The 6-year-old boy, who was also arrested Thursday, was processed and released to a family member not long after. It is not clear what led to the child’s arrest.
Turner spent 23 years as a police officer in Orlando before retiring in June 2018, according to the department. Early on in his career, Turner was arrested and charged with abusing his 7-year-old son, the Orlando Sentinel reported at the time. Rolón said Monday that Turner was disciplined following an internal investigation. Turner was also issued a written reprimand for excessive force after he Tasered a man five times, jolting the suspect twice when he was already on the floor and no longer resisting, according to a 2016 report from the Sentinel.
Police said Turner was assigned to the Reserve Officer Program, which reportedly consists of retired officers.
On Monday, Ayala echoed the calls for change.
“We must explore better options as a state,” she said. “We must raise the expectations of how we respond in difficult situations. This is not a reflection of the children, but more a reflection of a broken system that is in need of reform.”
School resource officers have become fixtures nationwide in the post-Columbine era, charged with protecting students from mass shootings, gangs and drugs, among other threats. During the 2017-2018 school year, almost 45 percent of all public schools had either a full-time or part-time school resource officer, according to a federal report released by the National Center for Education Statistics in July.
In recent years, however, criminal justice advocates have raised concerns that in-school officers often criminalize common student misbehavior that has traditionally been handled by teachers or school administrators.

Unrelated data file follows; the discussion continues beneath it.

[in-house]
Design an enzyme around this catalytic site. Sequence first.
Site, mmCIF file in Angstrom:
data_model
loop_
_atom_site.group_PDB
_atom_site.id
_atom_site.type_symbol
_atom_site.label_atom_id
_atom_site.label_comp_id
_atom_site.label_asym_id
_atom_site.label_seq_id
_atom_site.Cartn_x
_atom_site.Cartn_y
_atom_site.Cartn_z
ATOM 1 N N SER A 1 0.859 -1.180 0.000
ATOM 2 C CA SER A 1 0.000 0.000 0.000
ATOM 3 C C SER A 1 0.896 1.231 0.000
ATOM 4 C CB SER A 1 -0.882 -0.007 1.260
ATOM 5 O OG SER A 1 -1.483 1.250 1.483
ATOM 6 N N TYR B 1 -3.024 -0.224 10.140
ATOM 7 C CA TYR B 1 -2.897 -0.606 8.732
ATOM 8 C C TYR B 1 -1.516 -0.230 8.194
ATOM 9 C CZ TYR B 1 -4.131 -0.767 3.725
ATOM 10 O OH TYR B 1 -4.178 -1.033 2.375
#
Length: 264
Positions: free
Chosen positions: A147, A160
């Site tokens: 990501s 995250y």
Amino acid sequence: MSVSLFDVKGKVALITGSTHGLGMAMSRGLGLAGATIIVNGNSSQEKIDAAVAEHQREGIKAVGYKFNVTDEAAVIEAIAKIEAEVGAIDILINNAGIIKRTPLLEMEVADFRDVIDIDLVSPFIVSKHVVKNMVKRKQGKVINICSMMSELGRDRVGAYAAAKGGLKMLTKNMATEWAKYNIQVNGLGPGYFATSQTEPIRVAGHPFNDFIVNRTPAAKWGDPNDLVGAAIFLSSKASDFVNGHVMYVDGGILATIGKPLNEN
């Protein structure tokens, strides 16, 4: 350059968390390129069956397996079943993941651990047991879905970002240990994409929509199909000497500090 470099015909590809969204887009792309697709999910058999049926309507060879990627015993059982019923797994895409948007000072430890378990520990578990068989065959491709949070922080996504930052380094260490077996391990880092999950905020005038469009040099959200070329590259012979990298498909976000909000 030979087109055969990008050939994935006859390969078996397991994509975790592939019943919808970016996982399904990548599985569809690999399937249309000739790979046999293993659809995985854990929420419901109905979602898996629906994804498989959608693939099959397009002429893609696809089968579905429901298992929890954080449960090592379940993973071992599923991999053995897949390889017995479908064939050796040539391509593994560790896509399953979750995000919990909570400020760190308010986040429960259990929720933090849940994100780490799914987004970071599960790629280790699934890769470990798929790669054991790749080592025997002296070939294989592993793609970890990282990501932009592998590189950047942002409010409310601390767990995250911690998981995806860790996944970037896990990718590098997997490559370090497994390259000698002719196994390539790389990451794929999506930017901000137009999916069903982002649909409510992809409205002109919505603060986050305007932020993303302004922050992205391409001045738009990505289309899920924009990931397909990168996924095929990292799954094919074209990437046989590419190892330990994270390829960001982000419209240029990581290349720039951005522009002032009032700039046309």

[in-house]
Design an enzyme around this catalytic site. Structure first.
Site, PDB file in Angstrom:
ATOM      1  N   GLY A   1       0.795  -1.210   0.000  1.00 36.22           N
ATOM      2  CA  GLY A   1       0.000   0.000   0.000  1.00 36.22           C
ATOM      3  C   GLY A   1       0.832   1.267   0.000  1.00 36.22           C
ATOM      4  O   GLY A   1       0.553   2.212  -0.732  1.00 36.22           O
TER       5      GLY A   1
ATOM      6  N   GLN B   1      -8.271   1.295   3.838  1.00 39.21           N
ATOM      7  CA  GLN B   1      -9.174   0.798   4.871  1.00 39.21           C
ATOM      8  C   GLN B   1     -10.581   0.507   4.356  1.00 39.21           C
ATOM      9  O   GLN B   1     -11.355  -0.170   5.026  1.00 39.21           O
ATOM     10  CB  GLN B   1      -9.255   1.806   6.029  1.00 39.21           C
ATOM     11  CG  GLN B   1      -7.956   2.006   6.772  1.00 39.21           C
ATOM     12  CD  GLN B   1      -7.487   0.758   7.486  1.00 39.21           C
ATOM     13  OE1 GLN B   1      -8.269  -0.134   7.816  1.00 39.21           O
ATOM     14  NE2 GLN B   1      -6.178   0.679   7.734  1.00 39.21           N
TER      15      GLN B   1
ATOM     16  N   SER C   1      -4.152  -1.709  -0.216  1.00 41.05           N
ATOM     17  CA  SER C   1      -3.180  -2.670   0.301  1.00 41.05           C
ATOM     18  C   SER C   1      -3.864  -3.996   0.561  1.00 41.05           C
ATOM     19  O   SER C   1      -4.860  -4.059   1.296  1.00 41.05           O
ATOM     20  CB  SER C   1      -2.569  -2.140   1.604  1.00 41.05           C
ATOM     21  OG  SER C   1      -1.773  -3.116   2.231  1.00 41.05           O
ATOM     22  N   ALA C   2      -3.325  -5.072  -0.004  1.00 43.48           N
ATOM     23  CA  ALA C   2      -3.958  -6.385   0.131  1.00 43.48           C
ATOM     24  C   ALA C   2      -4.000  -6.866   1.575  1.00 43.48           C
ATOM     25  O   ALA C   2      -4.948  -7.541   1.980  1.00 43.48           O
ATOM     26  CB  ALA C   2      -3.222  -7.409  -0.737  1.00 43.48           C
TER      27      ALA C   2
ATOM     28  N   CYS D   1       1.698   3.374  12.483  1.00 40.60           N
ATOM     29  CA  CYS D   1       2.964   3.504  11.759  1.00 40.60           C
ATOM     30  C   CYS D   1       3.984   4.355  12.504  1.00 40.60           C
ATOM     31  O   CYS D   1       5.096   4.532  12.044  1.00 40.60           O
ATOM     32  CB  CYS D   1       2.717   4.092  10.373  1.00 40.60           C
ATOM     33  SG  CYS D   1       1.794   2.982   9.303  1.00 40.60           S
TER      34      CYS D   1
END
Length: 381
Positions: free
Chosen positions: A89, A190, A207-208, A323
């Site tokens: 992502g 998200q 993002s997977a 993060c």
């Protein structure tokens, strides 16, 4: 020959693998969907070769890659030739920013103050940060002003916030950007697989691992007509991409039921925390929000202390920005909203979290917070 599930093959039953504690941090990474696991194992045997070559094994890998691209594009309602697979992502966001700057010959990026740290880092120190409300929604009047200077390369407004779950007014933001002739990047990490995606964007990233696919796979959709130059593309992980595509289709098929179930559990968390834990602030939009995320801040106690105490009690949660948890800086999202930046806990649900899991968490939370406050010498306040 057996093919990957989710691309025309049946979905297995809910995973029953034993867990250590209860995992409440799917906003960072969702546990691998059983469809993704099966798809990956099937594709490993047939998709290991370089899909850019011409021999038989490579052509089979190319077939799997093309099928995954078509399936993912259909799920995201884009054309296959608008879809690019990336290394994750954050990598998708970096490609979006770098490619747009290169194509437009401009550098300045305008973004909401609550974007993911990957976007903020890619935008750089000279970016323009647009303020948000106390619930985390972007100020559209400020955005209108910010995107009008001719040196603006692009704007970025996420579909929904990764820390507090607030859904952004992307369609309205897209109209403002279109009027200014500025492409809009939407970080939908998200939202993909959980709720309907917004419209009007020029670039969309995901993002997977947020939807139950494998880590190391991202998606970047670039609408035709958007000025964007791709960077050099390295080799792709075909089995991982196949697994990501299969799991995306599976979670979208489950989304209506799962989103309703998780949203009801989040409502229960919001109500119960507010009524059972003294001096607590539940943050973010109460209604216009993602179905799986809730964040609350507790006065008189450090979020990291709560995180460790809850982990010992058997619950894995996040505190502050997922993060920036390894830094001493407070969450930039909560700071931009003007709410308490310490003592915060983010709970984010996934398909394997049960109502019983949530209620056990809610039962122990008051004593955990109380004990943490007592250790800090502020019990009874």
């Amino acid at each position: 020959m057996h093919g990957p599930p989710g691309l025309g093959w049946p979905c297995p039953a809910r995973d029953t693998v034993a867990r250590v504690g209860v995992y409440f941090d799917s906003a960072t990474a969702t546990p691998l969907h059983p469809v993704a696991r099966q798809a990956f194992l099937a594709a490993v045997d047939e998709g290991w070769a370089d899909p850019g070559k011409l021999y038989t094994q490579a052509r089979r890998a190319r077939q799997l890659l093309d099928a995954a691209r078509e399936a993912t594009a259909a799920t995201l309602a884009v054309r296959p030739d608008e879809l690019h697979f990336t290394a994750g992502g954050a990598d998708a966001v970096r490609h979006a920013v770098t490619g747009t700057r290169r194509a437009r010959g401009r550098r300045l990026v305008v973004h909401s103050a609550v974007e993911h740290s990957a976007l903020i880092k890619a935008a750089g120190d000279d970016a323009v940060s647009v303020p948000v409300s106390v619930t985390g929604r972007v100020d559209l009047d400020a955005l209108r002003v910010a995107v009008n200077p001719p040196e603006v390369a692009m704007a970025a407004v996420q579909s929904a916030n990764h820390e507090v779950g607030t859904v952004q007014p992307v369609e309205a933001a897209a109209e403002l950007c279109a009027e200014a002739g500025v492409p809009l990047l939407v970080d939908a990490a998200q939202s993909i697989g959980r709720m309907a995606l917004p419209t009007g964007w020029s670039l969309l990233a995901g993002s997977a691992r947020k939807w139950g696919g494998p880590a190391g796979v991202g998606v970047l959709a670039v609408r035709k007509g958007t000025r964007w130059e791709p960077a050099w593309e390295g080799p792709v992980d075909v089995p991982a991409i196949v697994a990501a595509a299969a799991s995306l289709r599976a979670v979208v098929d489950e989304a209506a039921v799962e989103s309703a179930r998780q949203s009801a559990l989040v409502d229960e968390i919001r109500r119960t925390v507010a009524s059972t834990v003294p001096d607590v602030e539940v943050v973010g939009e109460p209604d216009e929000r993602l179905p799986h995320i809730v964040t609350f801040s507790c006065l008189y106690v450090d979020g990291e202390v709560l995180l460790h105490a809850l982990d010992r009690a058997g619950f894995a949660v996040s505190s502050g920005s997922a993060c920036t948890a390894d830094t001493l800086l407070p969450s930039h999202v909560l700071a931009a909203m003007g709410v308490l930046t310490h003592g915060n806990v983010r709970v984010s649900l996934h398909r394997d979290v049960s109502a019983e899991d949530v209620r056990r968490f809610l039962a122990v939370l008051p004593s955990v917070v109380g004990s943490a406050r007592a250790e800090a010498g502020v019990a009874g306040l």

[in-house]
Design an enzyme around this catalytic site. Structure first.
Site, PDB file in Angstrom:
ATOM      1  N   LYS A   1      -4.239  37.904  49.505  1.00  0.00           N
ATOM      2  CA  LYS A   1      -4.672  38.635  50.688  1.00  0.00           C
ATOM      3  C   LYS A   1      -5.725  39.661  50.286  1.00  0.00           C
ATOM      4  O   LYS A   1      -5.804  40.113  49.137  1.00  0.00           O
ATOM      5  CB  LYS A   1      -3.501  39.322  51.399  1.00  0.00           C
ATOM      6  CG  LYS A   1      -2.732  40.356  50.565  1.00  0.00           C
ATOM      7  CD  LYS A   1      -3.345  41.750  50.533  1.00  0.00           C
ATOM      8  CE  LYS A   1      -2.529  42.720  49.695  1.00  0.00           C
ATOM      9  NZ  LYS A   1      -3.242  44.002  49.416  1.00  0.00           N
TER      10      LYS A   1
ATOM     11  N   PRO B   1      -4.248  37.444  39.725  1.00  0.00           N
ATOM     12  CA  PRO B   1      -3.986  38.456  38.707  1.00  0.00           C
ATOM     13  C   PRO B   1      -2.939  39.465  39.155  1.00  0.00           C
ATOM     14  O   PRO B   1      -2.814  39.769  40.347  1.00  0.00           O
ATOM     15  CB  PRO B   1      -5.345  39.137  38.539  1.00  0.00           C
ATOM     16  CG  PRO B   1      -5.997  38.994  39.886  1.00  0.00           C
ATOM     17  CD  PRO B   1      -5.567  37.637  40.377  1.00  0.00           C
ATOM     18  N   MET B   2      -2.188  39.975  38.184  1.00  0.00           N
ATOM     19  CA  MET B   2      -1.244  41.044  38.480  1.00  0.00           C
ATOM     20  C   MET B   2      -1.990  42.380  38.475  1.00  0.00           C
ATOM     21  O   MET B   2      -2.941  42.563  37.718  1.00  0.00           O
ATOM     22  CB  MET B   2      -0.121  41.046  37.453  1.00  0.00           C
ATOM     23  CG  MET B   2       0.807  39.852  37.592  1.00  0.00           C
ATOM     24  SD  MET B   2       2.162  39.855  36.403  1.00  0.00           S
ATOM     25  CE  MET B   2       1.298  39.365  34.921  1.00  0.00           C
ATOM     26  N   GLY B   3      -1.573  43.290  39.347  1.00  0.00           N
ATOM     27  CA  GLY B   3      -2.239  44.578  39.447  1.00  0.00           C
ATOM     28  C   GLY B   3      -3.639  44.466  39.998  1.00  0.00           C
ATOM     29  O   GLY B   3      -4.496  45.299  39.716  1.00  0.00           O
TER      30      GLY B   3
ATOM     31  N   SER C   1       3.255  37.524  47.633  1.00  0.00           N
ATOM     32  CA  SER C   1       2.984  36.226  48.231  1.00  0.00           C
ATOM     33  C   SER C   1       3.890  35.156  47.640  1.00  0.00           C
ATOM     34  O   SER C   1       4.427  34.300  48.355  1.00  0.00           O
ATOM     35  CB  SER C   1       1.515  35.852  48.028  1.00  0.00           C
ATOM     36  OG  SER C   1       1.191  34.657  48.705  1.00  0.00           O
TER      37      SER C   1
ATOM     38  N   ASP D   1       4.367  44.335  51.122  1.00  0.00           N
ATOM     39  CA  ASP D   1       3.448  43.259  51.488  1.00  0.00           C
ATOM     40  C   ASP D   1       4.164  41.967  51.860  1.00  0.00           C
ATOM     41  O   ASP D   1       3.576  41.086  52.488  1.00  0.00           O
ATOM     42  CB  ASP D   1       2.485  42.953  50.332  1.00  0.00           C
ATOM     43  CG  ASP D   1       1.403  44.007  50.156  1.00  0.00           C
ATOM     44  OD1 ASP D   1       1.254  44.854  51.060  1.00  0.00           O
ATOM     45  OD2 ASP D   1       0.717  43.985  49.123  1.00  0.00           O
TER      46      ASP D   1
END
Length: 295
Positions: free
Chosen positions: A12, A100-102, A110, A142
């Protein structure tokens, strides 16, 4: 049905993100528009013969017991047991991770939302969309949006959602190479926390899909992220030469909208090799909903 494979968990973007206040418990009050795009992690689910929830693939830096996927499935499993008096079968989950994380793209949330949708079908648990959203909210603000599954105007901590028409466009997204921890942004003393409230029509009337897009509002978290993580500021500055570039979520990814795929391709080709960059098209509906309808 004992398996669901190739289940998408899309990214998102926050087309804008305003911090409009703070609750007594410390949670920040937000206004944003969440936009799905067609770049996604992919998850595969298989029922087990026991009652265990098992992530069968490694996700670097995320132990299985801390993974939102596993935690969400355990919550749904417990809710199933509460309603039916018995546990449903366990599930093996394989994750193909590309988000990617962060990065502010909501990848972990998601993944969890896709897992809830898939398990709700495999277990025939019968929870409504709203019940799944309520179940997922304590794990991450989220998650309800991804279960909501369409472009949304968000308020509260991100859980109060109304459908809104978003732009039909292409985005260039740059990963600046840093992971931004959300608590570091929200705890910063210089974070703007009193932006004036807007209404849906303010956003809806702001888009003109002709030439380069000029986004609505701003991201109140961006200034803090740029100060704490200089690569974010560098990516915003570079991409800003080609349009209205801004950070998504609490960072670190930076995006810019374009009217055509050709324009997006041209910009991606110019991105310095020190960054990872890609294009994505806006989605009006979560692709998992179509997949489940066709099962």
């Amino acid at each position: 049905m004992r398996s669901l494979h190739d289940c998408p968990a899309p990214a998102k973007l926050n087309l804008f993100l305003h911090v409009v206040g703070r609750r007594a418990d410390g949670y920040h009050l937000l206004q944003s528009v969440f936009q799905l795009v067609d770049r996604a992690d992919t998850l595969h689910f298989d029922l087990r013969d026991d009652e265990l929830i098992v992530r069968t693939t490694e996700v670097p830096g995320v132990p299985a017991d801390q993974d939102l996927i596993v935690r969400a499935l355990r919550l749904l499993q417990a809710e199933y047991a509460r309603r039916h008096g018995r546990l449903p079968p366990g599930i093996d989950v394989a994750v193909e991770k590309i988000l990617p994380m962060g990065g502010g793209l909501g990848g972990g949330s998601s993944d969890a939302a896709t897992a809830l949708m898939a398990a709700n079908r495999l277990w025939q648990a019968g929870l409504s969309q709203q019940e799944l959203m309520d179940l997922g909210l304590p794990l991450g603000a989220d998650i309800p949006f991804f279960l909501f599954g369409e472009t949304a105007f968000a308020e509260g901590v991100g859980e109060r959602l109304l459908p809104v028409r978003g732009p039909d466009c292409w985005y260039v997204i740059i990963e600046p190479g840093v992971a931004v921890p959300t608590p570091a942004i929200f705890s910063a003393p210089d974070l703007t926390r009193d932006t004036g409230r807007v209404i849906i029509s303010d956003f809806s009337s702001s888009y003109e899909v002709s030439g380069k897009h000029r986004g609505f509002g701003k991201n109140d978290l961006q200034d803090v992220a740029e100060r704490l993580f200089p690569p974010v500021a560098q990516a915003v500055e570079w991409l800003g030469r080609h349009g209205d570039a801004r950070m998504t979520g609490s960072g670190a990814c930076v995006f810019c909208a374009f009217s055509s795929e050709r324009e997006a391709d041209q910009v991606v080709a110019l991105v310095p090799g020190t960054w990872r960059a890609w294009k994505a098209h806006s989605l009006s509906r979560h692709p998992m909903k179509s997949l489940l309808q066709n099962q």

A 2009 study published in the Journal of Criminal Justice found that schools with a resource officer had fewer arrests for weapons and assault charges, but it described the number of disorderly conduct arrests as “troubling.”
“For most youth, especially those from lower socioeconomic neighborhoods, education is an invaluable resource to insure a brighter future,” the study said. “To deny them an education because of a minor classroom disturbance or hallway disruption is unacceptable, unfair, and may permanently limit their prospects for a better life.”
Critics have also pointed to data showing that students from marginalized communities are disproportionately punished.
Black students represented 15 percent of the total student enrollment during the 2015-2016 school year, according to a recent report from the Education Department’s Office for Civil Rights. But they made up 31 percent of the students referred to law enforcement or subjected to school-related arrests, the report said. Similarly, students with disabilities made up 12 percent of overall enrollment and 28 percent of those referred or arrested.
On Friday, Kirkland struggled to hold back tears as she described Kaia’s ordeal to WKMG. Sitting nearby on a couch, the 6-year-old soothed her grandmother.
“Don’t cry,” said the little girl dressed in a light blue polo shirt and a navy skirt. A matching blue bow adorned the top of her head.